Wimbledon is a tennis tournament full of history and tradition. Considering it’s been around since the late 1800s, a lot of traditions have developed over time. Think: strawberries and cream, and Murray Mound slash Henman Hill. But one of the more visual traditions is requiring all competitors to wear white. The reason? It apparently hides sweat stains (news flash: athletes will sweat).
But one thing the all-white rule doesn’t account for is periods. And now, female athletes are speaking up on how the uniform and menstruation affect them and their game.
Why athletes are saying ‘enough is enough’
British tennis player Heather Watson told the BBC that this issue is “absolutely something the players talk about” — even if the media doesn’t cover it. She also said that before this year’s Wimbledon, she realized she may have her period during the two-week tournament. And figured she’d “probably just go on the pill” to skip it. But even that doesn’t stop her symptoms like cramps and fatigue.
Last month, tennis player Qinwen Zheng spoke about how getting her period at May’s French Open impacted her game, saying the cramping in her “stomach was too painful.” Zheng added if she didn’t have to worry about her period then she’d be able to “run better and to hit harder.”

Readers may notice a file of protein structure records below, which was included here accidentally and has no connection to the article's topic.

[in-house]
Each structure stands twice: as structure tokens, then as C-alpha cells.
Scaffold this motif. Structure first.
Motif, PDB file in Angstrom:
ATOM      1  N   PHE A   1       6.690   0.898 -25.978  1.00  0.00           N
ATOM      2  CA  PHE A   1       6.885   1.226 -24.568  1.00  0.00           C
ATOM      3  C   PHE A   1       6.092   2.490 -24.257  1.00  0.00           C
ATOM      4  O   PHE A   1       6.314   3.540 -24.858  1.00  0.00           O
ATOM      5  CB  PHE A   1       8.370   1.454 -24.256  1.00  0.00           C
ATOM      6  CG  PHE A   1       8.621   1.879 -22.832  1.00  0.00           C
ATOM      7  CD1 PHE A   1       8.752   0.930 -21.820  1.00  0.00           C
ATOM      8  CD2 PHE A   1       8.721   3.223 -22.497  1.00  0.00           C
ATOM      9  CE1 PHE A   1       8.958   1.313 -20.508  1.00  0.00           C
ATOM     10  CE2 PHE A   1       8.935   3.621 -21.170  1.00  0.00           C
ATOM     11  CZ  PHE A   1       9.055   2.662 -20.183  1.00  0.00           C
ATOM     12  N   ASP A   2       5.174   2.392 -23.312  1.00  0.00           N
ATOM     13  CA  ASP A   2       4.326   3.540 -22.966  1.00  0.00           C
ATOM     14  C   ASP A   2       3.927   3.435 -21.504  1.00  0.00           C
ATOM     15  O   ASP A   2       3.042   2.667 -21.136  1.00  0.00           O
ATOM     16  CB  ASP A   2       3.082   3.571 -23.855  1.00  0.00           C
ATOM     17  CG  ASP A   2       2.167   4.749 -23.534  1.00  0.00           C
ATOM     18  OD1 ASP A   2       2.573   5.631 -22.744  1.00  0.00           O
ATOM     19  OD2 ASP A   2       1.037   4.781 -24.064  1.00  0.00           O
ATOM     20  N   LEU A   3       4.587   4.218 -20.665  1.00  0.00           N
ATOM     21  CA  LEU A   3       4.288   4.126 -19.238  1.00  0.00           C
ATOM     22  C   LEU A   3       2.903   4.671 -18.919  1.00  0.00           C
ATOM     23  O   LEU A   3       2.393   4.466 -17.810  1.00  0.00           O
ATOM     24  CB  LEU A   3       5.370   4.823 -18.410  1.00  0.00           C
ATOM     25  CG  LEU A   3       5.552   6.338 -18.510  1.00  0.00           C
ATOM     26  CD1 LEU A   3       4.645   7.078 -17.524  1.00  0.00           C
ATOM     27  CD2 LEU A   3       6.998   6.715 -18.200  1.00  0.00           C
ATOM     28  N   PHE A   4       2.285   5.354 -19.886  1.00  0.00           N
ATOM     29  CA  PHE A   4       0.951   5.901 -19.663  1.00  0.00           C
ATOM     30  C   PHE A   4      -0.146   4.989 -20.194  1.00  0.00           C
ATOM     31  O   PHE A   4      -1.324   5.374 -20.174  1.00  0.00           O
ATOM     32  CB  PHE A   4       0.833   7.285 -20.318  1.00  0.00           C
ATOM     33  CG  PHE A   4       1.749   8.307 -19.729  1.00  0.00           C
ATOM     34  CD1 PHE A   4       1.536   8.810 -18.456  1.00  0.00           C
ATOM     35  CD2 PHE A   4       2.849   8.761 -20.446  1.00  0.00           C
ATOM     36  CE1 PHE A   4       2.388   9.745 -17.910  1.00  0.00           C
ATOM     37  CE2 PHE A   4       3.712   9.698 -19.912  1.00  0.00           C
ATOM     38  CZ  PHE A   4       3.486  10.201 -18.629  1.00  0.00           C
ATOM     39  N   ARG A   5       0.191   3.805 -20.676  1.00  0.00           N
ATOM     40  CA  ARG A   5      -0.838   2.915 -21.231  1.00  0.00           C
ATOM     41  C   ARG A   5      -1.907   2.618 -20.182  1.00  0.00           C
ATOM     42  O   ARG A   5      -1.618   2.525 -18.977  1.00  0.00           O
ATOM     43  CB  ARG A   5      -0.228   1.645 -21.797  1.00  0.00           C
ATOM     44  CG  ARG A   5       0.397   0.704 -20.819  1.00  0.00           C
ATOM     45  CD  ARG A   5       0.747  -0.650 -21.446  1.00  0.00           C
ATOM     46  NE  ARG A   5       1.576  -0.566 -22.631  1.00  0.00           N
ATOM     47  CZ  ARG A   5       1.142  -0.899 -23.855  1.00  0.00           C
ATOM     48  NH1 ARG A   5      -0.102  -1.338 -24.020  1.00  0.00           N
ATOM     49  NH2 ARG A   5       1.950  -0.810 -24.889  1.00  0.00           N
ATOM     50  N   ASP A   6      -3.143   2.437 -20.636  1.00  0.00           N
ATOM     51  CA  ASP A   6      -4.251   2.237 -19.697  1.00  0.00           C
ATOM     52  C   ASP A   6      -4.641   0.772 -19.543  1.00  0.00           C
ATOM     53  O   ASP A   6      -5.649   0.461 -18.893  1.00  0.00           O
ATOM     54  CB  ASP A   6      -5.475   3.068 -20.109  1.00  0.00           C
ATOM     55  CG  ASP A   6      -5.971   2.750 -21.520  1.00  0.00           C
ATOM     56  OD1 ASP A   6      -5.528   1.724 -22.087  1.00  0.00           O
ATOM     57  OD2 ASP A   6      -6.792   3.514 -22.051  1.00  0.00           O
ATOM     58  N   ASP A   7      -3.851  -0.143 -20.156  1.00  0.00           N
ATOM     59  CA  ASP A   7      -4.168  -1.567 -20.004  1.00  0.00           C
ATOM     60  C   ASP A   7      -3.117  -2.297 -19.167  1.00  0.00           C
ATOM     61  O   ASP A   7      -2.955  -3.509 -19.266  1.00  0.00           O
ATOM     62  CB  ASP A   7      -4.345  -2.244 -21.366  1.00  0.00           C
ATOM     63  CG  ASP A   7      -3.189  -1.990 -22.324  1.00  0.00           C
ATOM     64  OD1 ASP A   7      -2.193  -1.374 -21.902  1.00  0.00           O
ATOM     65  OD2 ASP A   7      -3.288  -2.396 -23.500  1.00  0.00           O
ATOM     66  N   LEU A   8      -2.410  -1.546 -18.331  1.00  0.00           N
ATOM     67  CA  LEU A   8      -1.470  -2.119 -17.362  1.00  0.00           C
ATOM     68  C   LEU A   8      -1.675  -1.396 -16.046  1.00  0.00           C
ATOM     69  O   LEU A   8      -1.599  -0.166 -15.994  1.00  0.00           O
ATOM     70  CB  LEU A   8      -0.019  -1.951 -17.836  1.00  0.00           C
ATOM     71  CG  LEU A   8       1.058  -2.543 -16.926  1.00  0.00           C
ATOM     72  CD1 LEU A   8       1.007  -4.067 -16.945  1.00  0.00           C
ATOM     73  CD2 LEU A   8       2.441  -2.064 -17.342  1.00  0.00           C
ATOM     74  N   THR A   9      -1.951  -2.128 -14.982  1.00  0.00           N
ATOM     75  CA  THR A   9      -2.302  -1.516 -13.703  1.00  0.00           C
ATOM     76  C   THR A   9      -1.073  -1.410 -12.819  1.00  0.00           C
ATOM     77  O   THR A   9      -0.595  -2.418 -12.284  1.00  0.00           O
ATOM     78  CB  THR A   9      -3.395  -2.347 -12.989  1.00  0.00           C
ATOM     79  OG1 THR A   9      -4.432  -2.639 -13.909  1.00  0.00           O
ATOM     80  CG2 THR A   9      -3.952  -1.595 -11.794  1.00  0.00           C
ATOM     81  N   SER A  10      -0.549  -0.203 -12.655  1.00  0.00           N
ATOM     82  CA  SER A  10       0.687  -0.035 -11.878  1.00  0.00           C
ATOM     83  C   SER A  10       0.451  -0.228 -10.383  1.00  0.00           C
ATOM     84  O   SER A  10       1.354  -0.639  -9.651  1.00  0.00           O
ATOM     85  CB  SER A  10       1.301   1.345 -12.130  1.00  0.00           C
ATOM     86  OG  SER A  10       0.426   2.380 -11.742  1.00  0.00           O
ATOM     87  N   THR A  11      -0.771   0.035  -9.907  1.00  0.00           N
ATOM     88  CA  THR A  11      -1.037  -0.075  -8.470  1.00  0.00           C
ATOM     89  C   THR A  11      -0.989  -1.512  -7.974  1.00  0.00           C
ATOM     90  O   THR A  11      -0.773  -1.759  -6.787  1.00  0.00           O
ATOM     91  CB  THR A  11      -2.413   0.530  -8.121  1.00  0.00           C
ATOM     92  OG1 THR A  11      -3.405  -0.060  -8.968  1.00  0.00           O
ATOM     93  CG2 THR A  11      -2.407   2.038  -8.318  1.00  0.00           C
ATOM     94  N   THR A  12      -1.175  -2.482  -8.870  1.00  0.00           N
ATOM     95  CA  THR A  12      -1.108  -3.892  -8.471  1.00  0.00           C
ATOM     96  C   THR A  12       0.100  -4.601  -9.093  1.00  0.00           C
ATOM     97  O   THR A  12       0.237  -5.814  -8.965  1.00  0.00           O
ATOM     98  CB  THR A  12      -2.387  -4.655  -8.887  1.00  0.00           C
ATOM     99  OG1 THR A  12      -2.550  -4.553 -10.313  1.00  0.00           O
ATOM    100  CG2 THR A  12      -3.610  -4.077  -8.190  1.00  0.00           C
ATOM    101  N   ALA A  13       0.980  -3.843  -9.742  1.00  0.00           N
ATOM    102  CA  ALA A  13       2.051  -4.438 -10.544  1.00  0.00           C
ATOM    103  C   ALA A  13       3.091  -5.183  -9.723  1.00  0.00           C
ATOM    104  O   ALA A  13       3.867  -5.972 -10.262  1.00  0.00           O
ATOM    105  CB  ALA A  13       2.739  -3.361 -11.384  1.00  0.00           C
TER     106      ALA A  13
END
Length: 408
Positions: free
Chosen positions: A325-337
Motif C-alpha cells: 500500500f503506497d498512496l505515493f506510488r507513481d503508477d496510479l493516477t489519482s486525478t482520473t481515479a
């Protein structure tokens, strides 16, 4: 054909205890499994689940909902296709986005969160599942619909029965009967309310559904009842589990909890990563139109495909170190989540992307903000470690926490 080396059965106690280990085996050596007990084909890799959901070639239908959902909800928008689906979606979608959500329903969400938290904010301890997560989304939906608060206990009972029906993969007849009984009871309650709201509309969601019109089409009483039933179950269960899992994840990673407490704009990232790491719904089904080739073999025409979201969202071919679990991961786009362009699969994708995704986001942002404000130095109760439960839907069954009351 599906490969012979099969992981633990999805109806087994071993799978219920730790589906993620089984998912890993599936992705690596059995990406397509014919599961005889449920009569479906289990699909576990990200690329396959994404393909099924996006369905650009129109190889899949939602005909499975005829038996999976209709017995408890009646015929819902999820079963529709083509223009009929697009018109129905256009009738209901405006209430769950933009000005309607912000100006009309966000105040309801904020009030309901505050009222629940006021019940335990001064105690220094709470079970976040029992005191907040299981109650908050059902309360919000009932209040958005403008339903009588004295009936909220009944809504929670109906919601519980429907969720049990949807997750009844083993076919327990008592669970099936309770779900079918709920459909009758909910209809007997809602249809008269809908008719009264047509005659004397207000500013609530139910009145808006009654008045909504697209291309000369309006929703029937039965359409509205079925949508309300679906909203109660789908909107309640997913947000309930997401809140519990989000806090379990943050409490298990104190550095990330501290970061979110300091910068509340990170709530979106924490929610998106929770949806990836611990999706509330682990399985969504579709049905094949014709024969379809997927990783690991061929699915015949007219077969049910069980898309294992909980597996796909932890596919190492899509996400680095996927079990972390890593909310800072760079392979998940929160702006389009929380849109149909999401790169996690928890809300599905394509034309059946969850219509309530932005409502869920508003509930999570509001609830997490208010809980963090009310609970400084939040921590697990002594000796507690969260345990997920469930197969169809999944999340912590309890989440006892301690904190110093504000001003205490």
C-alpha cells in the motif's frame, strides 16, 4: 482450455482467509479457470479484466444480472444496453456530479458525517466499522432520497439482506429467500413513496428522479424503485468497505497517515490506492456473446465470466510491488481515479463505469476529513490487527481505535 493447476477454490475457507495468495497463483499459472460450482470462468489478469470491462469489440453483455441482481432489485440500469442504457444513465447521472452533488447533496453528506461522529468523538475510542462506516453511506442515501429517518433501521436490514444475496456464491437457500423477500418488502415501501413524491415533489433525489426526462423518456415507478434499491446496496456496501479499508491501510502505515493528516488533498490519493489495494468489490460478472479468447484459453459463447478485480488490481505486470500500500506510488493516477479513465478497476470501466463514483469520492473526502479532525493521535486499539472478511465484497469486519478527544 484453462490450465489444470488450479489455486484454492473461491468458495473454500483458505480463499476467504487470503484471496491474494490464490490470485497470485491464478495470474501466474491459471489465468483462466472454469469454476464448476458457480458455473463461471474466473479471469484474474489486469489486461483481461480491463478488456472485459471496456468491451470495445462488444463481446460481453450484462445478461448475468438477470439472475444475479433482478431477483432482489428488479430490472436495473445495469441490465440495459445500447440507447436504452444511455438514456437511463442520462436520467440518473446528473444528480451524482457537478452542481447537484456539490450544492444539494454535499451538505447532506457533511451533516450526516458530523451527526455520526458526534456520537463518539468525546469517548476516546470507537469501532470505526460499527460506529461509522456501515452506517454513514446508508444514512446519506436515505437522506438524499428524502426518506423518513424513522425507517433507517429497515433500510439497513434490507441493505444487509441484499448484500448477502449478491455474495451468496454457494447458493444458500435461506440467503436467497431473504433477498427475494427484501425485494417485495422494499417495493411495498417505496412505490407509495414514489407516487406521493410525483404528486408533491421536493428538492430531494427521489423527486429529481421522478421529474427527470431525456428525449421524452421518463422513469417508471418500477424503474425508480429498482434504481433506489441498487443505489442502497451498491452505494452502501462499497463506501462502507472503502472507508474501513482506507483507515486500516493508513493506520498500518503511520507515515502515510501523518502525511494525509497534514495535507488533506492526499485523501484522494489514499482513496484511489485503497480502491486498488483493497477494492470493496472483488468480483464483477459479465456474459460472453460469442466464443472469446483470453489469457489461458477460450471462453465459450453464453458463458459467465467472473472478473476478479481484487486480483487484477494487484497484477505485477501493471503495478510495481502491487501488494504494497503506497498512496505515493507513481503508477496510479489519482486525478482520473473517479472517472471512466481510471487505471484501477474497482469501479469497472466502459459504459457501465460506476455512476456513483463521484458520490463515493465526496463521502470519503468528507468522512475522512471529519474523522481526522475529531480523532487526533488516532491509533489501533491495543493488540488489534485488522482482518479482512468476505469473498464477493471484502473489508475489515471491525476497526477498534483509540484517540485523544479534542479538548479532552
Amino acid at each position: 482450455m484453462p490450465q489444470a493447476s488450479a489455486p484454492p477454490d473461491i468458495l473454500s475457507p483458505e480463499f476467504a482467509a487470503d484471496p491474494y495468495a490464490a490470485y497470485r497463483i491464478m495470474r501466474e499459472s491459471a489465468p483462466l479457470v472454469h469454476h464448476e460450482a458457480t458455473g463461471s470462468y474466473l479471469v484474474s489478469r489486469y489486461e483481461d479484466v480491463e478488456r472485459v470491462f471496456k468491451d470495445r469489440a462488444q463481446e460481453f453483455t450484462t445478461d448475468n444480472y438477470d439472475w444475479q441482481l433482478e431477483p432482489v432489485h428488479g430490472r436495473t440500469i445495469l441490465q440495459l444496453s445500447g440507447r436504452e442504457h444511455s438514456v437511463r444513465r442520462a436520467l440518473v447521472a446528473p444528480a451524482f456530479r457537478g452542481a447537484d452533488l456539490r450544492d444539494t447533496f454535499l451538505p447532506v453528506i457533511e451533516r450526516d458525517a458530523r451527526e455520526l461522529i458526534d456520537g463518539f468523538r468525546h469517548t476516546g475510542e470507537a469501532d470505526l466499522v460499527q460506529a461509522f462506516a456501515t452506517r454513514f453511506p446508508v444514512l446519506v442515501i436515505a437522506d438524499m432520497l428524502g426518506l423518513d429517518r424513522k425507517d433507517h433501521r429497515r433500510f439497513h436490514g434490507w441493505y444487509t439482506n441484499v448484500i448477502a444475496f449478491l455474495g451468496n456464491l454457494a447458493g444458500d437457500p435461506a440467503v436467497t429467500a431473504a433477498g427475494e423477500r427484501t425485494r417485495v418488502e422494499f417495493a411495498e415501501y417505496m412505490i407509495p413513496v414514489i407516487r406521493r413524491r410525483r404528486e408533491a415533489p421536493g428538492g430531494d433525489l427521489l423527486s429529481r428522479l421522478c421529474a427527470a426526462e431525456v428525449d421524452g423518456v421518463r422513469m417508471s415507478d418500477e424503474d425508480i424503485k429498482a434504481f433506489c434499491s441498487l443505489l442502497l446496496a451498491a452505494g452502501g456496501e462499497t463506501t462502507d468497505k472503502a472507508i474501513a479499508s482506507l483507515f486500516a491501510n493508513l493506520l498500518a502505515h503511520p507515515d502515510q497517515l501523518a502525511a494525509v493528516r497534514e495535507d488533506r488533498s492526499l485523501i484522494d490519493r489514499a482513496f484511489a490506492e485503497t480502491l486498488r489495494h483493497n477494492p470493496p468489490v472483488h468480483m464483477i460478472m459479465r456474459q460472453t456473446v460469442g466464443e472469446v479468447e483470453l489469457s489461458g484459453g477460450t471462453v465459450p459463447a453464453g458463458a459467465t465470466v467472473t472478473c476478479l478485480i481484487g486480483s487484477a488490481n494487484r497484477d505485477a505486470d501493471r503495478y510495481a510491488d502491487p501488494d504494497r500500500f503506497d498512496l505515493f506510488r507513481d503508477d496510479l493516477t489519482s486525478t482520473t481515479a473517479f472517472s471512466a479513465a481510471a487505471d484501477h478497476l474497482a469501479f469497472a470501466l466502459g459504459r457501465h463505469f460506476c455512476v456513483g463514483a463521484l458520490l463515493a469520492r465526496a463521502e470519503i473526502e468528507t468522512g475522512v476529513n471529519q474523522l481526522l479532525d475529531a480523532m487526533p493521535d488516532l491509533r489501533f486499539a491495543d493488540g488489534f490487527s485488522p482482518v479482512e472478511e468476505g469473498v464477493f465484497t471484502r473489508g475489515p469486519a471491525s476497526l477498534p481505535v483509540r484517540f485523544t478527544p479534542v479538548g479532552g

After Zheng’s loss, Olympic tennis player Monica Puig tweeted that menstruation is “definitely something that affects female athletes.” And that wearing all-white at Wimbledon adds to their “mental stress” as women hope they don’t get their period during the tournament. But we all know that the flow waits for nobody.
What also doesn’t help women in Grand Slam tournaments? The strict bathroom-break rule. According to a 2020 Grand Slam rule book, a player in a singles match only gets one break to use the bathroom or change clothes during a best-of-three match. Which could last hours.
How likely is it that things will change?
Who knows. Some worry that calling for a rule change could be seen as using the ‘period card’ for a bad game (cue: double standards and eye rolls). Sports companies like Adidas are incorporating tech in their clothes to help with periods. But Wimbledon reportedly says wearing white clothing is a “fundamental” part of its traditions.
Meanwhile, sports reporter Catherine Whitaker is saying what most people are thinking: If the clothing policy affected male players the way it does women, she doesn’t imagine "that particular tradition would last."
Wimbledon's dress code was put in place at a time when it wasn’t really accepted for women to ball out on the court. Now, things have changed and it’s clear these traditions need to keep up with the times. Period.
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